Brazil is on the verge of becoming the first Latin American country to adopt a framework for crypto-assets, setting the bar for other countries in the region to follow.
At the end of November, Brazil’s Chamber of Deputies approved a bill that lays out a framework for virtual assets.
The bill defines virtual assets, requires crypto exchanges and other service providers to register before starting to operate in the country, and lays out general guidelines for the provision of crypto-related activities.
Crypto-assets that are securities will be supervised by Brazil’s Securities and Exchange Commission (CMV), while another regulator, which has yet to be named but is generally expected to be the central bank, will oversee crypto exchanges and other service providers.
Should the bill be signed into law, Brazil would become the first country in Latin America to adopt a legal directive for virtual assets and its experience “may serve as a model for other jurisdictions in the region that have been considering this approach”, Paulo Brancher, partner at Mattos Filho with expertise in crypto markets, told VIXIO.
“Brazil introducing this bill can set the ball rolling for the wider region to follow suit,” said Bryan Hernandez, president and co-founder of the blockchain-based investment platform called Structure.
If this bill does get passed, “I have no doubt that it will spur neighbouring countries into action to introduce similar regulatory frameworks”, Hernandez added.
‘A step in the right direction’
In addition to providing definitions and a registration requirement, the bill lays down principles and general guidelines that should be considered by crypto service providers when doing business in Brazil.
These include principles such as good governance practices, data protection and prevention of money laundering.
“It’s certainly a step in the right direction as far as mitigating potential risks,” said Hernandez.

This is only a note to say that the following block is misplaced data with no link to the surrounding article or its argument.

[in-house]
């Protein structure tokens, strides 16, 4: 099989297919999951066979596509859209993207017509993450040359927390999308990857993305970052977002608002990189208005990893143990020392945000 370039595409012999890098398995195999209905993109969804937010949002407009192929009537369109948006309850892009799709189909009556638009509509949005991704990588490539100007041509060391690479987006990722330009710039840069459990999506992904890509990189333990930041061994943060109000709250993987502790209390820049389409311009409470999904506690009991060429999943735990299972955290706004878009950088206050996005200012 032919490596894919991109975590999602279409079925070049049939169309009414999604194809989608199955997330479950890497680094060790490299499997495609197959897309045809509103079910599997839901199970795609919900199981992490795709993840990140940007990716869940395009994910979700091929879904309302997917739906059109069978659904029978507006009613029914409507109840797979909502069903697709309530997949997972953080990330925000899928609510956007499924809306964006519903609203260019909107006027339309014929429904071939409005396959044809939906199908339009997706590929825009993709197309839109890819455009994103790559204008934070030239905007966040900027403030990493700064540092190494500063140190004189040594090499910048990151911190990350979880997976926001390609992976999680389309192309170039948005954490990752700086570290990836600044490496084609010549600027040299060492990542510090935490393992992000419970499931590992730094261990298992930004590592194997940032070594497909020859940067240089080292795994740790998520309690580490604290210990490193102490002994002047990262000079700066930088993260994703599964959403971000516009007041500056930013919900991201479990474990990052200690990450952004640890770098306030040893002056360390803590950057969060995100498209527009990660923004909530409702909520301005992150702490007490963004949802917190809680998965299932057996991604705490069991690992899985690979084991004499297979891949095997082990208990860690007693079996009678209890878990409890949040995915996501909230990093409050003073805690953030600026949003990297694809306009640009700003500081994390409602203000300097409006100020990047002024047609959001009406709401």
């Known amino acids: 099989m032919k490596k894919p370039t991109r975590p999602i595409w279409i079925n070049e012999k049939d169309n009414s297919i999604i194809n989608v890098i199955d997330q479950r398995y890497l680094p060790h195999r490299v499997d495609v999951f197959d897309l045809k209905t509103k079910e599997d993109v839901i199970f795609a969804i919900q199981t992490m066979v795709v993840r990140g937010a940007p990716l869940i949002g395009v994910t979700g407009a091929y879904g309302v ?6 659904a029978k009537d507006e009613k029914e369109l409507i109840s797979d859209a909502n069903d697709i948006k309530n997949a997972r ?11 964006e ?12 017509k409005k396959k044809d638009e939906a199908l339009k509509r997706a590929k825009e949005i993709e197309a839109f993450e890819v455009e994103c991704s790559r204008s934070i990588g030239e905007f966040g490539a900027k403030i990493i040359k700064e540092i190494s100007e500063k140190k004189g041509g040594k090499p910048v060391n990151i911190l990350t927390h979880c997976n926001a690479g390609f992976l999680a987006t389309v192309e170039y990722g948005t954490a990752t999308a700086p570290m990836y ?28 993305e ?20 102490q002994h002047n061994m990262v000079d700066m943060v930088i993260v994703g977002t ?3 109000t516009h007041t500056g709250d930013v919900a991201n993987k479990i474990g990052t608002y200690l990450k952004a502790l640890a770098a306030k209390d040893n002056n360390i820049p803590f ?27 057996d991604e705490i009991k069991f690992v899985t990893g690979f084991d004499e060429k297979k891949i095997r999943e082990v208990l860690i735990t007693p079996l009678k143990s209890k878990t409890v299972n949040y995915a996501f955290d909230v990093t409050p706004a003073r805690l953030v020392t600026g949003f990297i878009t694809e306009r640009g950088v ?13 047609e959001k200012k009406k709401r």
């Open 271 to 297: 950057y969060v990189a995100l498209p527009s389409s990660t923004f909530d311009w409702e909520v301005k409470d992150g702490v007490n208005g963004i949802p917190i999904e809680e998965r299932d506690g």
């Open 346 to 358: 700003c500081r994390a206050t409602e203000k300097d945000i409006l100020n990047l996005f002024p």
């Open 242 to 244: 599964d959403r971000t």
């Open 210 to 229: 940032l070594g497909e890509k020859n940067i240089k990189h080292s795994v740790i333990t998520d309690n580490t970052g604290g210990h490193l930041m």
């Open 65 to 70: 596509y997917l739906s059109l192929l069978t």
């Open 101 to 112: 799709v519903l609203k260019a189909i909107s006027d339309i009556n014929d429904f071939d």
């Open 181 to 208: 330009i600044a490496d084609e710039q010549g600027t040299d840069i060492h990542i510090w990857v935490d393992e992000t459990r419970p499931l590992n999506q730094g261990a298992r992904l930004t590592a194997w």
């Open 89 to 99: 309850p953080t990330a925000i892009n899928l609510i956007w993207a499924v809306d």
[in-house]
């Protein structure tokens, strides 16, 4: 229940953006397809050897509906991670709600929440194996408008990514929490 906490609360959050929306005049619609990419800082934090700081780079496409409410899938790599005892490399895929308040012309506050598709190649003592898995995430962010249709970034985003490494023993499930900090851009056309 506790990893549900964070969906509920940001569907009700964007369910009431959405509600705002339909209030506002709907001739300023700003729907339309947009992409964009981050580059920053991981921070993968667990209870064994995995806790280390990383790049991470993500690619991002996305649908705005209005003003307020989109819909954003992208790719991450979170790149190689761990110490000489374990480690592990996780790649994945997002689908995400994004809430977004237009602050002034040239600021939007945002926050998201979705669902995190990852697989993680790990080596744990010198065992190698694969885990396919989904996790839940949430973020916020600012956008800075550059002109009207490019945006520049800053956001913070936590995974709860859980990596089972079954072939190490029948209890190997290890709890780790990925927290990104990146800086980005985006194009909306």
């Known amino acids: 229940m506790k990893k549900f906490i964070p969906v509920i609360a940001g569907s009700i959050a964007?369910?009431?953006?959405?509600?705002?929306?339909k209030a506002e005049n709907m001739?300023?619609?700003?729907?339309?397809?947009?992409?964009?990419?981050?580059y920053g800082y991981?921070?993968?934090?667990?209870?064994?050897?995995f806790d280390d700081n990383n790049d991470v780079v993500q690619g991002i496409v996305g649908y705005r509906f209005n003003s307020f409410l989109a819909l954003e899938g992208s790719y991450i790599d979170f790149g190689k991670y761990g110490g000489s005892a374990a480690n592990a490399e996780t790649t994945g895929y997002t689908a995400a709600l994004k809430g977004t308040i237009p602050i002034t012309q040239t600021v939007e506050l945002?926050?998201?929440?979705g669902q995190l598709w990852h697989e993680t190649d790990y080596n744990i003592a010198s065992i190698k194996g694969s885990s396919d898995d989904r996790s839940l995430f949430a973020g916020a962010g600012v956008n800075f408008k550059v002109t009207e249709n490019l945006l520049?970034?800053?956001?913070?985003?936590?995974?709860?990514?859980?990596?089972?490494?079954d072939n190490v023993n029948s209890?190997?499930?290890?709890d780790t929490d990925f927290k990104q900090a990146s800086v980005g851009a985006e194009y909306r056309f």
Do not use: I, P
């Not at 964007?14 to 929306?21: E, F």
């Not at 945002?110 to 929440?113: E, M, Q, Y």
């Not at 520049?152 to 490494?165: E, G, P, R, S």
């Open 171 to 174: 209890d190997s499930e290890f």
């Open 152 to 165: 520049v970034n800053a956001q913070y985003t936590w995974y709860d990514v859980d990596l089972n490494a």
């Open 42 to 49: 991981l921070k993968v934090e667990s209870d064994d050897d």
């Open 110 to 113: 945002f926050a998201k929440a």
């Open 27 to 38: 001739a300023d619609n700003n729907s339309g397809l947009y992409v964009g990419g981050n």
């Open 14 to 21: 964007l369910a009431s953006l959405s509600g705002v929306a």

However, Brancher noted that the real impact of the crypto framework is expected to unfold once the central bank lays out specific rules for the industry.
Regulatory aspects such as the authorisation process and withdrawals, transfer of control, mergers, incorporations, statutory bodies and administrators, supervision of activities, and defining situations in which the activities will be subject to foreign exchange regulation, have yet to be determined by the regulatory body.
“As these regulatory aspects will be further provided in the regulation, the provision of services involving virtual assets should not be affected, from a regulatory perspective, immediately after the bill is approved but will depend on the enactment of rules by the regulatory authority,” Brancher explained.
Dispute over segregation of assets
One of the main issues that spurred lengthy disputes between policymakers was the provision regarding the segregation of assets.
In April, the Senate approved the bill with language requiring crypto service providers to segregate their assets from the assets of their clients.
Such a provision would have been particularly useful in light of this year’s turmoil in the crypto markets and the recent collapse of FTX, which was largely the result of the company improperly transferring around $10bn in customer funds to its hedge fund Alameda Research.
However, the Chamber of Deputies decided to drop the requirement, arguing that it could be an obstacle to innovation and competition. Lawmakers added that the central bank may later revisit the matter and issue regulations as it sees fit.
“In the midst of the FTX fallout, institutional and retail investors alike are understandably concerned about the misuse of customer funds,” Hernandez said, adding that this “will have to be addressed down the line in order to rebuild trust in centralised entities”.
High adoption, FTX fallout prompt legislative action
The bill had been seven years in the making before Congress agreed on the final version on November 30.
During this time, the use of cryptocurrencies in Brazil has been growing rapidly, both as an investment asset and as a means of payment.
Crypto proponents say it can ease many of the pain points in traditional finance in the region, including costly remittances and financial inclusion, while it can serve as a store of value in the face of skyrocketing inflation.
“Brazil is a hub for crypto innovation that has already embraced cutting-edge initiatives, such as Nubank and the Mercado coin,” according to Hernandez, who believes regulation “would only accelerate this trend”.
“If passed, this bill would give more crypto projects the green light to set up shop in Brazil, but this time with clearer regulatory guidance — which will enable more businesses to integrate cryptocurrencies, particularly bitcoin, as a payment method,” he added.
The bill is now in the hands of outgoing President Jair Bolsonaro, who has until December 21 to sign the bill into law or veto it.
According to Cointelegraph, the bill has the backing of both the current government and the new government to be formed by President-elect Luiz Inácio Lula da Silva.